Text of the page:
As robust and eloquent as the eccentric campaigners that he revives, Ben Wilson takes the standard trajectory of the Whig interpretation of history – with British freedom rising step by step into a glorious future – and turns a spotlight of sceptical analysis on it.
Scarred by quarrels and setbacks, the landscape of liberty that the young historian reveals looks far rockier than the sunlit utopia of 19th-century liberal myth. The British, under this gaze, worship the idea of liberty but often turn a blind eye to its erosion.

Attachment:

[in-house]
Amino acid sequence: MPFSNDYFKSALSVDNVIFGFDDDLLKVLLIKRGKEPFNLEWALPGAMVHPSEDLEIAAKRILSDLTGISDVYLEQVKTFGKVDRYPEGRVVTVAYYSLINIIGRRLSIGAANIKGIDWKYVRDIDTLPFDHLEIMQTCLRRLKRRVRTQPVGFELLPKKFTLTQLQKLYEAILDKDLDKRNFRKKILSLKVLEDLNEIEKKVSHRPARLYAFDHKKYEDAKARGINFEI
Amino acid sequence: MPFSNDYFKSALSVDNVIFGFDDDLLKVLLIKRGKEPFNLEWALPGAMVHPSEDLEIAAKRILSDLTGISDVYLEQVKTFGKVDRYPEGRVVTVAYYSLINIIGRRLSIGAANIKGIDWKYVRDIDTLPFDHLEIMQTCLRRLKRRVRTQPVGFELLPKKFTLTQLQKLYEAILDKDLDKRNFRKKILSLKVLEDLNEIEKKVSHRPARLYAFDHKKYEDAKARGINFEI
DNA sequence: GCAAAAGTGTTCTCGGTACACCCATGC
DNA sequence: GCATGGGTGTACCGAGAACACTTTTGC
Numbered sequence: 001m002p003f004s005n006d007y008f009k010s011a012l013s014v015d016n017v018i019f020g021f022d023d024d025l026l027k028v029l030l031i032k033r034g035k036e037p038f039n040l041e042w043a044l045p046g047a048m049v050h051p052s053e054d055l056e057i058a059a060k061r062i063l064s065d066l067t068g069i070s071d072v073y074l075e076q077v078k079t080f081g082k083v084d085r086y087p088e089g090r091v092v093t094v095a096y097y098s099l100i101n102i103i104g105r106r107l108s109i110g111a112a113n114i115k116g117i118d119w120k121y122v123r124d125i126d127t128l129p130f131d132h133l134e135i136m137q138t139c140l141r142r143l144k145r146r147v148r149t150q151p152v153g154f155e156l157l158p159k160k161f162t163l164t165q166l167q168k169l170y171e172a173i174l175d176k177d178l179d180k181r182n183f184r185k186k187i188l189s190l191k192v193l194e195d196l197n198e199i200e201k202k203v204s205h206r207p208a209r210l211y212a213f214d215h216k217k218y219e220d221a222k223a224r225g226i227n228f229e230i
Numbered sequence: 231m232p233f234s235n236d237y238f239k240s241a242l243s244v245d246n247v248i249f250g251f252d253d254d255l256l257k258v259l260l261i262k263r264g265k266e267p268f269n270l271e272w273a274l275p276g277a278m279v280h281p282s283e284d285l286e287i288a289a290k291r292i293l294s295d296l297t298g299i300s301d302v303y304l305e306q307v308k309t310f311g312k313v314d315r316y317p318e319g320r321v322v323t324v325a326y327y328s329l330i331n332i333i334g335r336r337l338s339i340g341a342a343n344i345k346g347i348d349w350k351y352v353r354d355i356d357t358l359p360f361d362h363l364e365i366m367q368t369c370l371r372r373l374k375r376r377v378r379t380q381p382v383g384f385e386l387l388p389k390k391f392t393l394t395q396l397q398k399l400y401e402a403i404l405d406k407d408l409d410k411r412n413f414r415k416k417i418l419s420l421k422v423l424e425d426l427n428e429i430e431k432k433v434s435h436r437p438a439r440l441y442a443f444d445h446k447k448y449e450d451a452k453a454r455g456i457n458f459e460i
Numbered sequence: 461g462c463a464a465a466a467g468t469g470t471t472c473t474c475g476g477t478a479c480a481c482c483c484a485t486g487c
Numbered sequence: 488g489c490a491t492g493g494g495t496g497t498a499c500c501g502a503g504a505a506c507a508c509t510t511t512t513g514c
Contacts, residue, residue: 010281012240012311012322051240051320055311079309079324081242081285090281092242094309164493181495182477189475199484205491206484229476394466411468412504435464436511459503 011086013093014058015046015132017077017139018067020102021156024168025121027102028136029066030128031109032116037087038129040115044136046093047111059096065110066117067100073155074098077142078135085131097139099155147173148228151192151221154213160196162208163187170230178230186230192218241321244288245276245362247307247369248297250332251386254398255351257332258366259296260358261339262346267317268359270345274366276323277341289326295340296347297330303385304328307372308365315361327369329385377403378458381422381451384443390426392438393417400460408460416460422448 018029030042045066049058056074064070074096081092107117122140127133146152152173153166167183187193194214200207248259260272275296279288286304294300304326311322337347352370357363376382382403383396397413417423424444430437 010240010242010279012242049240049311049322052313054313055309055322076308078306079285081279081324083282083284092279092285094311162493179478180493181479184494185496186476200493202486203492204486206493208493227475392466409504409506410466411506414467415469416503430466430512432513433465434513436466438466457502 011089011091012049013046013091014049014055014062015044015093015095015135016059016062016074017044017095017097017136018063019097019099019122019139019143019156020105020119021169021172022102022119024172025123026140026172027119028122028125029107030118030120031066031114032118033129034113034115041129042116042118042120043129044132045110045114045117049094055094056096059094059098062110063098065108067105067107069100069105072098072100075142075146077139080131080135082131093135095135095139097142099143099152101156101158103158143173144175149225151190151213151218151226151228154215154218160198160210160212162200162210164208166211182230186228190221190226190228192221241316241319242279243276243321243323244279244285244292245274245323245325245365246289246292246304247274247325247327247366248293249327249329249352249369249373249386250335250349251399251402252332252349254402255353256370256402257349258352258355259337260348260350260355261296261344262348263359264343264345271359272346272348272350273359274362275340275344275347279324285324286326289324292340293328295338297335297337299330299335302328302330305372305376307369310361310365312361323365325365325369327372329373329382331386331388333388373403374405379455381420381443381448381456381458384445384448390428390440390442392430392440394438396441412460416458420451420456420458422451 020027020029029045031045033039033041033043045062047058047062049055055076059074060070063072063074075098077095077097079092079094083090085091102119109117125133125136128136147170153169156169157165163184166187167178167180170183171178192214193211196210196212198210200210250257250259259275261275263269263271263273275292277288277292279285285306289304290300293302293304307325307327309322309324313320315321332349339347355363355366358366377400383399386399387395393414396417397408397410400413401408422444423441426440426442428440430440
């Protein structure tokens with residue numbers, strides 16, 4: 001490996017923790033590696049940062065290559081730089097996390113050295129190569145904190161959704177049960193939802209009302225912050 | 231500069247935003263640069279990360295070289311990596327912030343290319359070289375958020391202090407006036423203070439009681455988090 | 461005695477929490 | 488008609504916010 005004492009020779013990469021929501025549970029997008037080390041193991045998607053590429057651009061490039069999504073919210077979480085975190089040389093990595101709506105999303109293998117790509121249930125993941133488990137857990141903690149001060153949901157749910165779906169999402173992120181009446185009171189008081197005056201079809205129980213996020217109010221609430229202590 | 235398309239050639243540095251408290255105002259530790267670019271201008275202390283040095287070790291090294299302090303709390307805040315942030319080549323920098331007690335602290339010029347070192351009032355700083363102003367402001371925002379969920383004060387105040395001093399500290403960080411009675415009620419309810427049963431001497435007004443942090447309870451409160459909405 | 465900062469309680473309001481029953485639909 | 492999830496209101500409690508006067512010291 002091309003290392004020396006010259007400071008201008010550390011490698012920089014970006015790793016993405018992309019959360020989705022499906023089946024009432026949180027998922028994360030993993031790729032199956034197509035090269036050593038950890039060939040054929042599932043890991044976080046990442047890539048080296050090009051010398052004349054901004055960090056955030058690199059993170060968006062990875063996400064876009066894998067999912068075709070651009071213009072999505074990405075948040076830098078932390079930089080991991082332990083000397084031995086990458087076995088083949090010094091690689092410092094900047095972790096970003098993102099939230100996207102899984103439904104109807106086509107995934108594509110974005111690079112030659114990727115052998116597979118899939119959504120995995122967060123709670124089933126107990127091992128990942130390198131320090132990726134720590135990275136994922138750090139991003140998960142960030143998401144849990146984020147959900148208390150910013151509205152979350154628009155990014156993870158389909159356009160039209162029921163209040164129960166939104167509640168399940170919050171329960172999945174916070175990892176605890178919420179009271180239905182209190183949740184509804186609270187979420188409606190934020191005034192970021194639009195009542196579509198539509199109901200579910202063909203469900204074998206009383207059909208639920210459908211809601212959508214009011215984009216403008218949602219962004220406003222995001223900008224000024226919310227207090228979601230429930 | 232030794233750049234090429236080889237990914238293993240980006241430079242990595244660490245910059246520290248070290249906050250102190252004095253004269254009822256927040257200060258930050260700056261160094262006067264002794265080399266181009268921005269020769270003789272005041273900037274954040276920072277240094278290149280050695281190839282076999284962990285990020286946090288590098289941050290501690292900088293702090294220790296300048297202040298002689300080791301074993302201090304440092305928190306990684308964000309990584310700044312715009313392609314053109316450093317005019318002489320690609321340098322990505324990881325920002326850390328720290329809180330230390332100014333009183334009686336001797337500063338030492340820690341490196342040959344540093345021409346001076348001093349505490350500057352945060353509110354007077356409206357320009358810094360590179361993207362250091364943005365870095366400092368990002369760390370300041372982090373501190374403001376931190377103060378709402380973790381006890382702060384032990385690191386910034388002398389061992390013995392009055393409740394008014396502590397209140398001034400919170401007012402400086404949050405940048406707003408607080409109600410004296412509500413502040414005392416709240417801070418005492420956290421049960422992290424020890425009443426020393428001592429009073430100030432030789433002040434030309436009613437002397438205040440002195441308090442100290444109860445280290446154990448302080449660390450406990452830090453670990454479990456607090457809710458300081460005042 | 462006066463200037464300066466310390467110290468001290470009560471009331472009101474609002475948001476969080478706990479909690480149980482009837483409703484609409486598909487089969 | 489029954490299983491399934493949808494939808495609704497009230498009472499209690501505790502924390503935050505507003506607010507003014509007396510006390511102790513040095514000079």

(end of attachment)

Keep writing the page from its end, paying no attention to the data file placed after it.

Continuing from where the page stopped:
From Cromwell's despotism and the clampdowns after 1793 to the new shackles of the "war on terror", our state has picked up "nasty habits" of control and surveillance. In contrast, Wilson tells the rumbustious stories of mavericks and misfits, from Georgian drunkards to Scots unionists, who stood for freedom in dark times.